Ben H. Lewis Wants Healthcare Professionals to be Ready to Retire

TIAA’s Ben H. Lewis highlights the importance of having a retirement plan that provides a steady stream of income and helps employers and employees alike

Ben H. Lewis has spent his entire professional life involved with retirement planning. From his first job explaining benefits to a live audience of retirees to his current position as senior managing director and head of institutional sales at TIAA Individual & Institutional Services LLC, Lewis has dedicated himself to helping Americans understand why they should save for retirement—and how they can save.

ben h. lewis
Ben H. Lewis, TIAA Individual & Institutional Services LLCPhoto courtesy of TIAA

A Fortune 100 financial services organization, TIAA specializes in retirement planning for educators and healthcare professionals. “Income is the outcome,” Lewis says. “We focus on helping people get a steady stream of income in retirement—which is critical to avoid the risk of outliving your savings. Our commitment to improving outcomes is best demonstrated by the $459 billion in lifetime income benefits we’ve paid to retired participants since our founding in 1918.”

But as Lewis has learned over the years, ample money itself is not always the biggest obstacle in guaranteeing that steady stream of income.

“Financial literacy was a huge challenge when I first started out and it’s still a challenge today,” he notes. “People want to pretend money troubles don’t exist, that it’s not a problem. But turning a blind eye doesn’t mean it’ll turn out any better.

“So, the first step is to just get people engaged,” Lewis continues, “engaged long enough that they reflect on and learn more about their individual financial needs, which are basic to their own survival and well-being.”

At TIAA, Lewis and his colleagues work to engage healthcare employees and employers alike in strategic retirement planning discussions.

For healthcare employers, Lewis explains, retirement planning is critical to “recruiting, retaining, and retiring.” Today, millennials are joining the healthcare workforce in record numbers at the same time that baby boomers are exiting the workplace. But those baby boomers are retiring slowly, notes the senior managing director, often leaving the workplace well past the time they should be.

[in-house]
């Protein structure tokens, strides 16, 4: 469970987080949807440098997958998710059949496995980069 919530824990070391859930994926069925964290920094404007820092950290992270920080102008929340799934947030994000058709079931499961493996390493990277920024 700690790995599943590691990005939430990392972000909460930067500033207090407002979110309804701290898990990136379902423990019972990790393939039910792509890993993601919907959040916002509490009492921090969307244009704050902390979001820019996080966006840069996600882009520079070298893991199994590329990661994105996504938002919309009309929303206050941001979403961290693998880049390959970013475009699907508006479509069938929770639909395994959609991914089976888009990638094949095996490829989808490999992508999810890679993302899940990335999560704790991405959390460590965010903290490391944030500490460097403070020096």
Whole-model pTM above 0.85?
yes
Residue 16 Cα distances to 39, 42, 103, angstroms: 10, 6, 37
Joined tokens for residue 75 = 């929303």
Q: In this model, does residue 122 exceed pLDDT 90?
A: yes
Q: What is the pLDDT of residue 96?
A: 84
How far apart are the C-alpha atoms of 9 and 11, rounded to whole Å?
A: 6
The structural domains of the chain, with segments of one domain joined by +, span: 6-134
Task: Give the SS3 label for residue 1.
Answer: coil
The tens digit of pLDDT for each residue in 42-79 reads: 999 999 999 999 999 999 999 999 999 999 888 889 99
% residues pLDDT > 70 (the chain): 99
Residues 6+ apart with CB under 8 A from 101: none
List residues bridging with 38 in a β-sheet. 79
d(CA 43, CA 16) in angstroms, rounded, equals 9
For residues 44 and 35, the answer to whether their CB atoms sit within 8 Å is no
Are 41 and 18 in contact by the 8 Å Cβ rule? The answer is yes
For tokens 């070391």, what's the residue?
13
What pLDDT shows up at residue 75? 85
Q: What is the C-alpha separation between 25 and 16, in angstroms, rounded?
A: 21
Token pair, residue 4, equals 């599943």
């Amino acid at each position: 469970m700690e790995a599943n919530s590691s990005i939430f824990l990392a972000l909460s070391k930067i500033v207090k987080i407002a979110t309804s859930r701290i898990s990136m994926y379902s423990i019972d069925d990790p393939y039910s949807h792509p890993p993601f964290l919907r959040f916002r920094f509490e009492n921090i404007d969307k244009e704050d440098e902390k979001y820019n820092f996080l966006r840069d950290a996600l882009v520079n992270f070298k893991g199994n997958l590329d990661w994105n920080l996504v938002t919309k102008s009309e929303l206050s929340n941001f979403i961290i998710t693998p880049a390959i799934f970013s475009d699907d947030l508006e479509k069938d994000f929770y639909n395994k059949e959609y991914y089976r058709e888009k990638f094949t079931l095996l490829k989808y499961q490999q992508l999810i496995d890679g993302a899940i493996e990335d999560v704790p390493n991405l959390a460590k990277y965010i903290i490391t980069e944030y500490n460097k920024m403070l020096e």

This is unprecedented, Lewis says. For the first time in history, five generations are working side-by-side in the US workforce. And as might be expected, this is causing some unprecedented issues.

“Employers are facing rising healthcare costs with an aging workforce. But because baby boomers are delaying retirement, employers are also seeing a disruption in their efforts to recruit and retain Gen Xers and millennials trying to move up in the workforce,” Lewis describes.

But when healthcare institutions offer structured benefit programs that help employees retire on time—and educate employees about those programs—those disruptions become much easier to navigate, if not avoid altogether. And as Lewis points out, the benefits to healthcare employers don’t stop there.

“You have to make information personal if you expect it to resonate with the listener—especially if you expect them to take action on what they’ve learned.”

Financial stress has a huge impact on the workplace and on employee productivity,” Lewis says. “And it isn’t created by retirement worries alone. Nearly half of Gen Xers have provided some level of financial support for a grown child in the last year, and just under a quarter of them are providing support for an aging parent.

“That puts pressure on them to pursue career advancement,” Lewis continues, “to help them to increase their savings, and to increase their retirement contributions.” Accordingly, Lewis says, employers that put a premium on retirement benefits and help alleviate financial pressures attract and retain employees who prove to be more loyal and more productive.

Employers obviously aren’t the only ones to benefit from an effective retirement planning process. TIAA works with healthcare institutions to create plans that are not only structured and informed but also tailored to each person’s needs and situation.

“No two individuals are alike,” Lewis emphasizes. “Each person has unique needs and financial pressures, so we need to be able to address a broad set of needs. Employees today are struggling with everything from student debt and affordable healthcare to long-term care for their aging parents.”

By helping people improve their general financial literacy, Lewis says, TIAA enables employees to better understand their situation and “gain confidence about the lifetime income that they would receive in retirement based on the actions they’re taking today.”

While TIAA’s financial literacy curriculums are comprehensive, accounting for an array of social determinants and other factors, they are also targeted and individualized, Lewis says.

“You can’t have a one-size-fits-all approach when it comes to communication and education about the retirement planning process,” he emphasizes. “You have to make information personal if you expect it to resonate with the listener—especially if you expect them to take action on what they’ve learned.”

According to Lewis, 76 percent of recently surveyed healthcare employees have taken action—to increase their contributions or change their asset allocation—based on a TIAA advice session.

“Education is incomplete without actionable advice,” Lewis says simply. “Folks don’t always feel comfortable or confident making financial decisions, especially with shifts in the healthcare industry and changing workforce dynamics. But with clear communication and education, people can really see that what they’re doing today will have a life-changing, positive impact for them down the road.”